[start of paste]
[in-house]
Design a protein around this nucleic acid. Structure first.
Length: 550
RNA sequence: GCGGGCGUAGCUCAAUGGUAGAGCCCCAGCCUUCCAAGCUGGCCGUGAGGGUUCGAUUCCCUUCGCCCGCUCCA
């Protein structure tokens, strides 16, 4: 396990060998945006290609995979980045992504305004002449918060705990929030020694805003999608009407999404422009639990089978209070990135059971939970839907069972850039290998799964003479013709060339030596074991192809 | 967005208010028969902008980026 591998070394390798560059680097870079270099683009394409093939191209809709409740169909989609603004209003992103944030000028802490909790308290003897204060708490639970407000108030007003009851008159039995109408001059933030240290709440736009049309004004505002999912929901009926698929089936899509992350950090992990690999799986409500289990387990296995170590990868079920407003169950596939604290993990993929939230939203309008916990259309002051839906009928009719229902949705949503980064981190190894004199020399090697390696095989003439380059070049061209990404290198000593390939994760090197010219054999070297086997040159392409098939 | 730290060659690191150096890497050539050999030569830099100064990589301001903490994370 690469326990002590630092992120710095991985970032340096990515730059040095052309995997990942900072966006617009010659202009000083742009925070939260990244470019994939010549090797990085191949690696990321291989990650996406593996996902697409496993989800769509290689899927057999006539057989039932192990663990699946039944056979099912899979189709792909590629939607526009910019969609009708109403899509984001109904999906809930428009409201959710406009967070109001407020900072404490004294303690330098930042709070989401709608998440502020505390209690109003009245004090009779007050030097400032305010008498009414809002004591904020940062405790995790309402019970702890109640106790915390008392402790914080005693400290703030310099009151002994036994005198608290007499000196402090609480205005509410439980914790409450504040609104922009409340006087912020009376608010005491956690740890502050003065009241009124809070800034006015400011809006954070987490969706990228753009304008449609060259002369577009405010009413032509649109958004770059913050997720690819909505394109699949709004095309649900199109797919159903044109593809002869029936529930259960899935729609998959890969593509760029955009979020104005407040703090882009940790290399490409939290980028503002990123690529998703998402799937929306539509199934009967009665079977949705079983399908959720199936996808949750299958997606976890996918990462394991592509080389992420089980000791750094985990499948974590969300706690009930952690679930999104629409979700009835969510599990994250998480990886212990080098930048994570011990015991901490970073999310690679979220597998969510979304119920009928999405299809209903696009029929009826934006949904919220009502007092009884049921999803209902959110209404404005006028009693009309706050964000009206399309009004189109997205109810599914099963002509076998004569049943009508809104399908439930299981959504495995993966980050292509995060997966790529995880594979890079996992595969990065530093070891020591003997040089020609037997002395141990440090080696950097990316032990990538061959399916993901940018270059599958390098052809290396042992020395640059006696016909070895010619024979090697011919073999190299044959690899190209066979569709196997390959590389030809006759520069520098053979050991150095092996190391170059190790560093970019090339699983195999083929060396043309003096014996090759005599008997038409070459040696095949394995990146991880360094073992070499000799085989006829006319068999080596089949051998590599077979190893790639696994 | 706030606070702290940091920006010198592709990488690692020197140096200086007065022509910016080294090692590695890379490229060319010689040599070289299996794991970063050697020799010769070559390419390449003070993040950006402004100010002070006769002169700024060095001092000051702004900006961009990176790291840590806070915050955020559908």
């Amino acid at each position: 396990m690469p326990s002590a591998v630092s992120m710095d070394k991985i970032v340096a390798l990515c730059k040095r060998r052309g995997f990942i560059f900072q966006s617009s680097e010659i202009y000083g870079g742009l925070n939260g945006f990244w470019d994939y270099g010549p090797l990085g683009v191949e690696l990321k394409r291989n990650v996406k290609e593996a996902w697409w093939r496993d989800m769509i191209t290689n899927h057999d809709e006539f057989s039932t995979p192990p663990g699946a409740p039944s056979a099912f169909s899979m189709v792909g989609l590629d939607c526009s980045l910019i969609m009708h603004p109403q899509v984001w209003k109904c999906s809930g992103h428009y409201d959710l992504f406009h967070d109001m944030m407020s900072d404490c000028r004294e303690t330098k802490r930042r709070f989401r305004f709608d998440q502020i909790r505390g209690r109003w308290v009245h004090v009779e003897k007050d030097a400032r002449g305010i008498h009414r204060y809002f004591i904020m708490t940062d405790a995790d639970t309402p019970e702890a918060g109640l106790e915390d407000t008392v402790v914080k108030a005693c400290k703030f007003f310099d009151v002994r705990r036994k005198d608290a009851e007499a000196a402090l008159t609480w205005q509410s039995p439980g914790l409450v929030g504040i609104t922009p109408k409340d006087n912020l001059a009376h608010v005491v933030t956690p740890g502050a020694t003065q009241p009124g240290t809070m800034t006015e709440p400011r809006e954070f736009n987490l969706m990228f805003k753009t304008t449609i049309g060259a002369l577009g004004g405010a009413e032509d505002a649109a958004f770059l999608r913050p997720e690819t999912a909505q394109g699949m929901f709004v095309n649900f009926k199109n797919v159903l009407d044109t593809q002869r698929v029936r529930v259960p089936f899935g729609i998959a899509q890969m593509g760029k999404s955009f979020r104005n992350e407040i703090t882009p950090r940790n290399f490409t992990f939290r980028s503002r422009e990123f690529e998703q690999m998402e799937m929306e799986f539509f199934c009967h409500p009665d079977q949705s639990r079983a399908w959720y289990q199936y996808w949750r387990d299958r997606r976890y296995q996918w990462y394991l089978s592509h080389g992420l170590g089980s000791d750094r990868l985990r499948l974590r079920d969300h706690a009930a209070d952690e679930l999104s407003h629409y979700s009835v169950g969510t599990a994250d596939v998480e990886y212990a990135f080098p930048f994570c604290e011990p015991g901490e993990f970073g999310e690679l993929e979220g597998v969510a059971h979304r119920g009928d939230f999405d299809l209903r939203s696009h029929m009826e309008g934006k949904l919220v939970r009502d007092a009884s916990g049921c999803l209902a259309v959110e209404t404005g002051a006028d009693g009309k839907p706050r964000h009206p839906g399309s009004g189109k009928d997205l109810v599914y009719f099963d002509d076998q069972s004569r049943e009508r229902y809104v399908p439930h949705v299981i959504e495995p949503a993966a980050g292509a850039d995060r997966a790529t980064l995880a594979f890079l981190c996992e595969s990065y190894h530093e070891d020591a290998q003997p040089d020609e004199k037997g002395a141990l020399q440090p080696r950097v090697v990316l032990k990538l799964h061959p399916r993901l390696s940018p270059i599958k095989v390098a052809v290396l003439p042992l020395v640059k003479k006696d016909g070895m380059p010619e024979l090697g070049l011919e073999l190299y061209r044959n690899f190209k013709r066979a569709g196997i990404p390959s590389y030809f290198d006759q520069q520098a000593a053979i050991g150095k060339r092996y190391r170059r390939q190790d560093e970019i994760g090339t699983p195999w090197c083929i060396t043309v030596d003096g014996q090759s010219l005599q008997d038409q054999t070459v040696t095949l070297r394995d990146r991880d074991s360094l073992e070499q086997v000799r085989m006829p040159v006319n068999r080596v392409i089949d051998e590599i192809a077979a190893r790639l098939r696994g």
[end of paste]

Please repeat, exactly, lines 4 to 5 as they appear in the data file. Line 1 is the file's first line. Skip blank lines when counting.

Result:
RNA sequence: GCGGGCGUAGCUCAAUGGUAGAGCCCCAGCCUUCCAAGCUGGCCGUGAGGGUUCGAUUCCCUUCGCCCGCUCCA
């Protein structure tokens, strides 16, 4: 396990060998945006290609995979980045992504305004002449918060705990929030020694805003999608009407999404422009639990089978209070990135059971939970839907069972850039290998799964003479013709060339030596074991192809 | 967005208010028969902008980026 591998070394390798560059680097870079270099683009394409093939191209809709409740169909989609603004209003992103944030000028802490909790308290003897204060708490639970407000108030007003009851008159039995109408001059933030240290709440736009049309004004505002999912929901009926698929089936899509992350950090992990690999799986409500289990387990296995170590990868079920407003169950596939604290993990993929939230939203309008916990259309002051839906009928009719229902949705949503980064981190190894004199020399090697390696095989003439380059070049061209990404290198000593390939994760090197010219054999070297086997040159392409098939 | 730290060659690191150096890497050539050999030569830099100064990589301001903490994370 690469326990002590630092992120710095991985970032340096990515730059040095052309995997990942900072966006617009010659202009000083742009925070939260990244470019994939010549090797990085191949690696990321291989990650996406593996996902697409496993989800769509290689899927057999006539057989039932192990663990699946039944056979099912899979189709792909590629939607526009910019969609009708109403899509984001109904999906809930428009409201959710406009967070109001407020900072404490004294303690330098930042709070989401709608998440502020505390209690109003009245004090009779007050030097400032305010008498009414809002004591904020940062405790995790309402019970702890109640106790915390008392402790914080005693400290703030310099009151002994036994005198608290007499000196402090609480205005509410439980914790409450504040609104922009409340006087912020009376608010005491956690740890502050003065009241009124809070800034006015400011809006954070987490969706990228753009304008449609060259002369577009405010009413032509649109958004770059913050997720690819909505394109699949709004095309649900199109797919159903044109593809002869029936529930259960899935729609998959890969593509760029955009979020104005407040703090882009940790290399490409939290980028503002990123690529998703998402799937929306539509199934009967009665079977949705079983399908959720199936996808949750299958997606976890996918990462394991592509080389992420089980000791750094985990499948974590969300706690009930952690679930999104629409979700009835969510599990994250998480990886212990080098930048994570011990015991901490970073999310690679979220597998969510979304119920009928999405299809209903696009029929009826934006949904919220009502007092009884049921999803209902959110209404404005006028009693009309706050964000009206399309009004189109997205109810599914099963002509076998004569049943009508809104399908439930299981959504495995993966980050292509995060997966790529995880594979890079996992595969990065530093070891020591003997040089020609037997002395141990440090080696950097990316032990990538061959399916993901940018270059599958390098052809290396042992020395640059006696016909070895010619024979090697011919073999190299044959690899190209066979569709196997390959590389030809006759520069520098053979050991150095092996190391170059190790560093970019090339699983195999083929060396043309003096014996090759005599008997038409070459040696095949394995990146991880360094073992070499000799085989006829006319068999080596089949051998590599077979190893790639696994 | 706030606070702290940091920006010198592709990488690692020197140096200086007065022509910016080294090692590695890379490229060319010689040599070289299996794991970063050697020799010769070559390419390449003070993040950006402004100010002070006769002169700024060095001092000051702004900006961009990176790291840590806070915050955020559908």